Competitive intelligence gathering can be a useful exercise that yields important information to guide your business and marketing strategy, or it can sit in a computer file and collect the equivalent of electronic dust if you’re not careful. While a competitive intelligence project can bring out your inner spy, it can also lead to confusion, misinterpretation of data, and faulty strategy-setting. Worse still, it can lead to something I call the “me too” syndrome in which you end up pushing your business into a model that’s a poor imitation of a competitor rather than an authentic and rich representation of yourself. The following 10 tips for effective gathering and use of competitive intelligence information may help you avoid the pitfalls of gathering information on your competitors while simultaneously helping you use it effectively.
Tip 1: Schedule Time Regularly to Perform Research
One of the most common complaints from competitive intelligence business owners is that they don’t have time to do competitive intelligence. They also complain that they don’t have time for market research, marketing and promotions, and you name it – they don’t have time for it. Every entrepreneur, business owner and executive is faced with this problem. Honestly, have you ever had a day in which you just had oodles of free time? Probably not. The best way to overcome this problem is to block off competitive intelligence time on your calendar as you would an appointment with a prospect or an important meeting. Block off at least one hour a month, and preferably one hour every other week. This should give you some uninterrupted time to do some internet research and begin your competitive intelligence-gathering efforts.
Tip 2: Keep a List of Competitors Handy for Future Research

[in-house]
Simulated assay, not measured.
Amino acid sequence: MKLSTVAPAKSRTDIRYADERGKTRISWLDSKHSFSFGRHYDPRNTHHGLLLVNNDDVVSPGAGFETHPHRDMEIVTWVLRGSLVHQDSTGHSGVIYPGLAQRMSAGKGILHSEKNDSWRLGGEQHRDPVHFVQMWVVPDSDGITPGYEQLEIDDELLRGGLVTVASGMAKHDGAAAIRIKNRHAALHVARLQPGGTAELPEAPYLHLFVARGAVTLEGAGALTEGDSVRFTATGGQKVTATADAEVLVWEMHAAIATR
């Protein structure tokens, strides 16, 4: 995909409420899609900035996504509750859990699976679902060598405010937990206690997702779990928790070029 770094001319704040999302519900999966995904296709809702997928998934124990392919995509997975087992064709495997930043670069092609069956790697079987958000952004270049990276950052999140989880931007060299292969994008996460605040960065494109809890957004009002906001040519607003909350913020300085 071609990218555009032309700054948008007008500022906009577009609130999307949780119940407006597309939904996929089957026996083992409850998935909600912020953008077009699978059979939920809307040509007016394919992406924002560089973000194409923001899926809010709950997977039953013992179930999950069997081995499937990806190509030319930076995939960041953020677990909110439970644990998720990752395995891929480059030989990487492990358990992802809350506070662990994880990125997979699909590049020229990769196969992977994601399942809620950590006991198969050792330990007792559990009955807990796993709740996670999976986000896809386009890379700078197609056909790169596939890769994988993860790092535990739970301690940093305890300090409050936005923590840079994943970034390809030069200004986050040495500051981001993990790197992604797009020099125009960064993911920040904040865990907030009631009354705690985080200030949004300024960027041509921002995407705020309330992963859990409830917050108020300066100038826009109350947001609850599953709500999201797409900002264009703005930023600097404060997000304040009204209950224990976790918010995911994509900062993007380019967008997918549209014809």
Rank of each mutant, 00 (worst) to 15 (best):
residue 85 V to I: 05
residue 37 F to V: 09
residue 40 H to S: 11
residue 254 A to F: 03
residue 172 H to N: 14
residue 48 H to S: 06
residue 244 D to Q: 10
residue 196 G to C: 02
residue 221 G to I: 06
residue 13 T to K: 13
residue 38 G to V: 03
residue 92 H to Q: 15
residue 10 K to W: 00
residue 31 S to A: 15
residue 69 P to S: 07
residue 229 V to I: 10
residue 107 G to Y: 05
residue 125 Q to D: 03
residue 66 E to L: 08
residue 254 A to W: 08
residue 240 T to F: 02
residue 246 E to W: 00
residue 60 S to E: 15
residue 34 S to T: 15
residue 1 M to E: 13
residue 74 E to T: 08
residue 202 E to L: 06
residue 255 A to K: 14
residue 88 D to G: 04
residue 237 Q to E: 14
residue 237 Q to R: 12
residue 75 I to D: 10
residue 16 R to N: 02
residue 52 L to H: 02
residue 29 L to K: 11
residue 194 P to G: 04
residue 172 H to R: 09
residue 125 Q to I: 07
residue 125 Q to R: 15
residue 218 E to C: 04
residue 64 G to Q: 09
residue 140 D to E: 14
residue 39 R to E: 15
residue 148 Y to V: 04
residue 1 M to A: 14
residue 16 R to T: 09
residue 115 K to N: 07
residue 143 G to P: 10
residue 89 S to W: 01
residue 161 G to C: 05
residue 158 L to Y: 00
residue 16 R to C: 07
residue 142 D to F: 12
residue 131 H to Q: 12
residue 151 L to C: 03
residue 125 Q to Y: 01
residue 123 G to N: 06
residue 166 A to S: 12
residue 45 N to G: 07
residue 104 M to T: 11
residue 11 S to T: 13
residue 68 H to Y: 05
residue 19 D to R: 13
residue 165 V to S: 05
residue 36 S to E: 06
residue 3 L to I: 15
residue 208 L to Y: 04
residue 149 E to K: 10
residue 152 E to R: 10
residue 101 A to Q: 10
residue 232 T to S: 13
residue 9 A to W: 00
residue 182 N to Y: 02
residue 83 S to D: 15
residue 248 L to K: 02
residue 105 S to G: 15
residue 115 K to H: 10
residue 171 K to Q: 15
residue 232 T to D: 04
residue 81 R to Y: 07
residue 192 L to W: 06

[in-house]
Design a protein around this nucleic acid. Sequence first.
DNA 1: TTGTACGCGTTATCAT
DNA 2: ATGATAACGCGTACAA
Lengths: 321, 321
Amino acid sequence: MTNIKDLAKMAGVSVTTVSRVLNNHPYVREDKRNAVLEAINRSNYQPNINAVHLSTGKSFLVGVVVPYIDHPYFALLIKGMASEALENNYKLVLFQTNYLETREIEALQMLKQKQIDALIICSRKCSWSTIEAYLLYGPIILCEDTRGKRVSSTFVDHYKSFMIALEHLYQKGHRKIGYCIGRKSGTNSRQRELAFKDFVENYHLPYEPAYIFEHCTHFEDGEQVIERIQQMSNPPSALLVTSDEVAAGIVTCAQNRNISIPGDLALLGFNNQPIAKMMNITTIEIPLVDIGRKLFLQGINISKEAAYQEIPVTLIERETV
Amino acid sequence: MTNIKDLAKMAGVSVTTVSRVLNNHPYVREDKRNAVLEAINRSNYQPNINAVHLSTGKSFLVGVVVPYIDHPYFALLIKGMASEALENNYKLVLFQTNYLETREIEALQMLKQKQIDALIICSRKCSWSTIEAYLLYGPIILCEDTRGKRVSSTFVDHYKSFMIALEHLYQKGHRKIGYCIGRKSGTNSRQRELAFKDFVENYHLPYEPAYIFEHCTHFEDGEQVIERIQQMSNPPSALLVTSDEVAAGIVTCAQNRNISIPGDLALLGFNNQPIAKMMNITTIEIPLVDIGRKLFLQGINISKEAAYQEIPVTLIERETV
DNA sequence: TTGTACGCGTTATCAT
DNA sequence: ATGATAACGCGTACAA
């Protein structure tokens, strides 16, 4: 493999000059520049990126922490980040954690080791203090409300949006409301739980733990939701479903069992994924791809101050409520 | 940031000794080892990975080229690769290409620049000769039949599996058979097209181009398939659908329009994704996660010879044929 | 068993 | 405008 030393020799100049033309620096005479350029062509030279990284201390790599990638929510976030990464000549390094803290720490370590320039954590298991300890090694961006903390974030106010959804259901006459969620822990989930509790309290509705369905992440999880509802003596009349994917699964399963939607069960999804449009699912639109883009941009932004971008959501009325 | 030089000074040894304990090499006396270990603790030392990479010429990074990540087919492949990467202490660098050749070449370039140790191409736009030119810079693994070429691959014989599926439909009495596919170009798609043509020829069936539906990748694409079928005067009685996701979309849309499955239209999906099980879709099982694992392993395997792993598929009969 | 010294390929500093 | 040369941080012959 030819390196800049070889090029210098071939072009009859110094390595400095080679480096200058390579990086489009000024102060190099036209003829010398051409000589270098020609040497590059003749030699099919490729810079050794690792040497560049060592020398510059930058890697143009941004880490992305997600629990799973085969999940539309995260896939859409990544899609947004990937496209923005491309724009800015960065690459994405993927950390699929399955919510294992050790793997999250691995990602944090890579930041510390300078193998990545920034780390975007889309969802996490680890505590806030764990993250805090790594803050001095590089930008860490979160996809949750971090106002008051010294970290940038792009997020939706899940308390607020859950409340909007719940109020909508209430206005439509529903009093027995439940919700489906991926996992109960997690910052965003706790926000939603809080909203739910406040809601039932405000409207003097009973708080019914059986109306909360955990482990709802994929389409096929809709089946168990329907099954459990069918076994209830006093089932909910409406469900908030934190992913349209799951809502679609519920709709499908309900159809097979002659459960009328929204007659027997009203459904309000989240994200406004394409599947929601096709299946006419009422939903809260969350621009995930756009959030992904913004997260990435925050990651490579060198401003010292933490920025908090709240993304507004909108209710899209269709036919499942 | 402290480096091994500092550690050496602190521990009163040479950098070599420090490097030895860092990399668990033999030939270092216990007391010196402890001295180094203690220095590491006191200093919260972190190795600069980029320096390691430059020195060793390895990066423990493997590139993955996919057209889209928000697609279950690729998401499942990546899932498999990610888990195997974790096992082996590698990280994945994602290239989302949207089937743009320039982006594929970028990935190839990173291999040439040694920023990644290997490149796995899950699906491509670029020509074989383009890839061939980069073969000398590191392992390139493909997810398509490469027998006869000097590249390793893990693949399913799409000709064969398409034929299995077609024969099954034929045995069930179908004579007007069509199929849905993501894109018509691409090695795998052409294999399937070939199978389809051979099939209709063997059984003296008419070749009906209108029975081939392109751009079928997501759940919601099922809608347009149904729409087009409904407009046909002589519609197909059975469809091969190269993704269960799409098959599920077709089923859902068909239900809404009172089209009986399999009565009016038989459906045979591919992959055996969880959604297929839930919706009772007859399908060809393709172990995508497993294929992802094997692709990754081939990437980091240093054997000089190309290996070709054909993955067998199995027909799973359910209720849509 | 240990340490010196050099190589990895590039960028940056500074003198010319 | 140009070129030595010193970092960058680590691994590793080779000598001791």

One time-saving tip I like to share is the handy spreadsheet; keep a list of competitors on your spreadsheet for future reference. Include the date last researched, the name of the competitor, and the URL of their website, and leave the last column blank to type in any research notes. This ensures that each month, when you sit down to conduct your competitive intelligence work, you’ll have the list handy and won’t need to reinvent the wheel.
Tip 3: Listen to Your Customers When They Mention Other Companies
Your customers are an invaluable resource of information about your competitors. If they mention that someone else does the same thing for cheaper or better than you do – note the name. That’s a competitor. Whenever I get a call from a prospective customer, I always ask, “How did you hear about us?” Often they will mention they visited a competitor’s website first and then came to us, or they used a competitor’s services and weren’t happy with either the price or the results, so they are seeking a new vendor. The companies, products and individuals they mention may be competitors, and provide you with great information to start your research-gathering efforts.